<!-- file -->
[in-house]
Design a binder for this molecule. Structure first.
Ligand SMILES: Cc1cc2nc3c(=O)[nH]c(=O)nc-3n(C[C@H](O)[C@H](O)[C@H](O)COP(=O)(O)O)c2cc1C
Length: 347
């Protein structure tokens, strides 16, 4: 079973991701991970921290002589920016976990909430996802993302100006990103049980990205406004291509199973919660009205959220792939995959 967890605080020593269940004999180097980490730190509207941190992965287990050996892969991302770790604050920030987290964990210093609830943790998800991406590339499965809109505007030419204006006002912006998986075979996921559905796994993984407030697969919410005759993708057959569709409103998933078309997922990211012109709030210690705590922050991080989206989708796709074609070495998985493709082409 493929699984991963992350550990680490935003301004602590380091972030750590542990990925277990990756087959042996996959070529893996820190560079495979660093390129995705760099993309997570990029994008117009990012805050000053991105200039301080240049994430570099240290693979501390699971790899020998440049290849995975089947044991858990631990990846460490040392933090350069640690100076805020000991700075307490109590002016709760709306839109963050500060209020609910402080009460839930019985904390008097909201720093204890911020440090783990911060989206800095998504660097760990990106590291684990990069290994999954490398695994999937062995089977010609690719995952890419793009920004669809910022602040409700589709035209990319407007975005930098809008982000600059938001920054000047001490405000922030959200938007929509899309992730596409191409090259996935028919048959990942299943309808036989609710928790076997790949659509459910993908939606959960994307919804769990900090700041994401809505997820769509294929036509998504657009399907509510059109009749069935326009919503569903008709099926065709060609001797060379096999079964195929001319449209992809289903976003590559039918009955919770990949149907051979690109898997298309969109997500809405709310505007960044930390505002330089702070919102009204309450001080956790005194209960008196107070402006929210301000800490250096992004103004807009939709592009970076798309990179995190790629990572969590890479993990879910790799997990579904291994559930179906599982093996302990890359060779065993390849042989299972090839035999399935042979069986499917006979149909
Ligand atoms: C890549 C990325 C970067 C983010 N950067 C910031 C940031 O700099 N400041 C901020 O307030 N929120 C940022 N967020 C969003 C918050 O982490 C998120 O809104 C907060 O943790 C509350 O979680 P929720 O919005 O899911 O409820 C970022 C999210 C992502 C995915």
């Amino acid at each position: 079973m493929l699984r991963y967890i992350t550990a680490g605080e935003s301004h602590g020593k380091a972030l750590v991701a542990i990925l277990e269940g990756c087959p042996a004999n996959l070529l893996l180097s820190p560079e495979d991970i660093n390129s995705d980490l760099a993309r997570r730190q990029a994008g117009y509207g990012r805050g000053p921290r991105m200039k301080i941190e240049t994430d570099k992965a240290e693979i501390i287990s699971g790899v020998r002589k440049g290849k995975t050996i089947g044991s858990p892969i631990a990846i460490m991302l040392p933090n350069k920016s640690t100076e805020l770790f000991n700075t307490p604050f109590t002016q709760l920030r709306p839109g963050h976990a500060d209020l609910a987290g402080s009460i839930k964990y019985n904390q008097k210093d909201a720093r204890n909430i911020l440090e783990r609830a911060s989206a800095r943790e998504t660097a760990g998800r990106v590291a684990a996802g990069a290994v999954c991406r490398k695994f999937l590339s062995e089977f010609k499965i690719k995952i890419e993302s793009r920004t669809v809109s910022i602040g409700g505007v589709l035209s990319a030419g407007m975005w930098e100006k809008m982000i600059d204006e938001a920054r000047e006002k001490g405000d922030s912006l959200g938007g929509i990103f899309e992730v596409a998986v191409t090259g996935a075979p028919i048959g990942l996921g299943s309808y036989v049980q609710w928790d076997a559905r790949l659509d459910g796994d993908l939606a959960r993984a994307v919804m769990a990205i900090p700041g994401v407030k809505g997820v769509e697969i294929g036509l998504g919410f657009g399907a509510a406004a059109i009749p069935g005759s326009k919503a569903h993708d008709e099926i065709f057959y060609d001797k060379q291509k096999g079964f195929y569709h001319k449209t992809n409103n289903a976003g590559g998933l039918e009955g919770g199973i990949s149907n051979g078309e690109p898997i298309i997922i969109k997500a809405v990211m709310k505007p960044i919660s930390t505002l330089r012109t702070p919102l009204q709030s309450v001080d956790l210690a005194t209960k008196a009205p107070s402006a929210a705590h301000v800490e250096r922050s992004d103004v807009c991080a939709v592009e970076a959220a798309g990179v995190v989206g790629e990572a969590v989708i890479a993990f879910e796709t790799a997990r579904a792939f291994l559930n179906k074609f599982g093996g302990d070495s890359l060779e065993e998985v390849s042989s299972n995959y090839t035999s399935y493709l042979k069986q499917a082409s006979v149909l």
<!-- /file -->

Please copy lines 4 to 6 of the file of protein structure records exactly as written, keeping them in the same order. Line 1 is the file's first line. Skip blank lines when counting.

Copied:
Length: 347
């Protein structure tokens, strides 16, 4: 079973991701991970921290002589920016976990909430996802993302100006990103049980990205406004291509199973919660009205959220792939995959 967890605080020593269940004999180097980490730190509207941190992965287990050996892969991302770790604050920030987290964990210093609830943790998800991406590339499965809109505007030419204006006002912006998986075979996921559905796994993984407030697969919410005759993708057959569709409103998933078309997922990211012109709030210690705590922050991080989206989708796709074609070495998985493709082409 493929699984991963992350550990680490935003301004602590380091972030750590542990990925277990990756087959042996996959070529893996820190560079495979660093390129995705760099993309997570990029994008117009990012805050000053991105200039301080240049994430570099240290693979501390699971790899020998440049290849995975089947044991858990631990990846460490040392933090350069640690100076805020000991700075307490109590002016709760709306839109963050500060209020609910402080009460839930019985904390008097909201720093204890911020440090783990911060989206800095998504660097760990990106590291684990990069290994999954490398695994999937062995089977010609690719995952890419793009920004669809910022602040409700589709035209990319407007975005930098809008982000600059938001920054000047001490405000922030959200938007929509899309992730596409191409090259996935028919048959990942299943309808036989609710928790076997790949659509459910993908939606959960994307919804769990900090700041994401809505997820769509294929036509998504657009399907509510059109009749069935326009919503569903008709099926065709060609001797060379096999079964195929001319449209992809289903976003590559039918009955919770990949149907051979690109898997298309969109997500809405709310505007960044930390505002330089702070919102009204309450001080956790005194209960008196107070402006929210301000800490250096992004103004807009939709592009970076798309990179995190790629990572969590890479993990879910790799997990579904291994559930179906599982093996302990890359060779065993390849042989299972090839035999399935042979069986499917006979149909
Ligand atoms: C890549 C990325 C970067 C983010 N950067 C910031 C940031 O700099 N400041 C901020 O307030 N929120 C940022 N967020 C969003 C918050 O982490 C998120 O809104 C907060 O943790 C509350 O979680 P929720 O919005 O899911 O409820 C970022 C999210 C992502 C995915």